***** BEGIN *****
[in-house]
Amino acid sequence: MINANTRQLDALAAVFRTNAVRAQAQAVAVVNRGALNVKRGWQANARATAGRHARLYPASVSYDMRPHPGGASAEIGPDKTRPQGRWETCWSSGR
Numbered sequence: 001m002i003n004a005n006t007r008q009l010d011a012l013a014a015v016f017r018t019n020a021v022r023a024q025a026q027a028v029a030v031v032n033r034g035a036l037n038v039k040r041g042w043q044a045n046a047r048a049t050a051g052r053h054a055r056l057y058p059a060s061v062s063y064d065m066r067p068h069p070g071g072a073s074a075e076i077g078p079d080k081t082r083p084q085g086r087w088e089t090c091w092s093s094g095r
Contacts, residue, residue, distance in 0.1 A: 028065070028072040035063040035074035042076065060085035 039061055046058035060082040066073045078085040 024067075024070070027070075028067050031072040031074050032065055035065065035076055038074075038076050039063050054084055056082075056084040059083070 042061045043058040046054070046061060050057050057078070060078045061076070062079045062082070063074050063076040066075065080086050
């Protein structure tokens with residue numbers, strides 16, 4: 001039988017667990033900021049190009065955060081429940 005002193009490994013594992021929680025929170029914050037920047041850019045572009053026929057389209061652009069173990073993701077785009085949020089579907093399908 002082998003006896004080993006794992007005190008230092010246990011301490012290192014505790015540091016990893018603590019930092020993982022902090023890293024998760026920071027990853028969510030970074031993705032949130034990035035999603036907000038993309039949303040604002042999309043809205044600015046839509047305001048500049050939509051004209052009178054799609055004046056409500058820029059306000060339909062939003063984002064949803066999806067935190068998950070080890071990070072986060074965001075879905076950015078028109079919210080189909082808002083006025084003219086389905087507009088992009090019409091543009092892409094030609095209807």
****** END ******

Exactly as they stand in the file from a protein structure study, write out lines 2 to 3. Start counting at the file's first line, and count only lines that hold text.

Amino acid sequence: MINANTRQLDALAAVFRTNAVRAQAQAVAVVNRGALNVKRGWQANARATAGRHARLYPASVSYDMRPHPGGASAEIGPDKTRPQGRWETCWSSGR
Numbered sequence: 001m002i003n004a005n006t007r008q009l010d011a012l013a014a015v016f017r018t019n020a021v022r023a024q025a026q027a028v029a030v031v032n033r034g035a036l037n038v039k040r041g042w043q044a045n046a047r048a049t050a051g052r053h054a055r056l057y058p059a060s061v062s063y064d065m066r067p068h069p070g071g072a073s074a075e076i077g078p079d080k081t082r083p084q085g086r087w088e089t090c091w092s093s094g095r